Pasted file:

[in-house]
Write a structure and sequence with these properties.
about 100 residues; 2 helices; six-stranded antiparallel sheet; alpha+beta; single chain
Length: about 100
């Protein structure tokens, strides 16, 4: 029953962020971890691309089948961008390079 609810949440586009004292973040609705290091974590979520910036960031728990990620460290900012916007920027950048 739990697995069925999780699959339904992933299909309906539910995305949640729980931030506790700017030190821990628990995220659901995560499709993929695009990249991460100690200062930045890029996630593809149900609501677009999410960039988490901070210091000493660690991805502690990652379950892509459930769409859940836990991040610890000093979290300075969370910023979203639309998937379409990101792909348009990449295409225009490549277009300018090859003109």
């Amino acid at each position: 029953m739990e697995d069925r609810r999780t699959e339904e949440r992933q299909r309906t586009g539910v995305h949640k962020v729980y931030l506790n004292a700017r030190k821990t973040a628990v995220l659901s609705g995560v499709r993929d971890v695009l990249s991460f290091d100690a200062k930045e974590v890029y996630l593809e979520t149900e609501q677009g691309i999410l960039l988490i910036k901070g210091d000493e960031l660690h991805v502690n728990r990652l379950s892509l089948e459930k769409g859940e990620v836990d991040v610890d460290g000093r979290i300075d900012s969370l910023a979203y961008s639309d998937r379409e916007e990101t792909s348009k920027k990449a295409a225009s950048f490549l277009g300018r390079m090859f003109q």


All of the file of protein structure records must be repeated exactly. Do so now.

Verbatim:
[in-house]
Write a structure and sequence with these properties.
about 100 residues; 2 helices; six-stranded antiparallel sheet; alpha+beta; single chain
Length: about 100
């Protein structure tokens, strides 16, 4: 029953962020971890691309089948961008390079 609810949440586009004292973040609705290091974590979520910036960031728990990620460290900012916007920027950048 739990697995069925999780699959339904992933299909309906539910995305949640729980931030506790700017030190821990628990995220659901995560499709993929695009990249991460100690200062930045890029996630593809149900609501677009999410960039988490901070210091000493660690991805502690990652379950892509459930769409859940836990991040610890000093979290300075969370910023979203639309998937379409990101792909348009990449295409225009490549277009300018090859003109």
């Amino acid at each position: 029953m739990e697995d069925r609810r999780t699959e339904e949440r992933q299909r309906t586009g539910v995305h949640k962020v729980y931030l506790n004292a700017r030190k821990t973040a628990v995220l659901s609705g995560v499709r993929d971890v695009l990249s991460f290091d100690a200062k930045e974590v890029y996630l593809e979520t149900e609501q677009g691309i999410l960039l988490i910036k901070g210091d000493e960031l660690h991805v502690n728990r990652l379950s892509l089948e459930k769409g859940e990620v836990d991040v610890d460290g000093r979290i300075d900012s969370l910023a979203y961008s639309d998937r379409e916007e990101t792909s348009k920027k990449a295409a225009s950048f490549l277009g300018r390079m090859f003109q």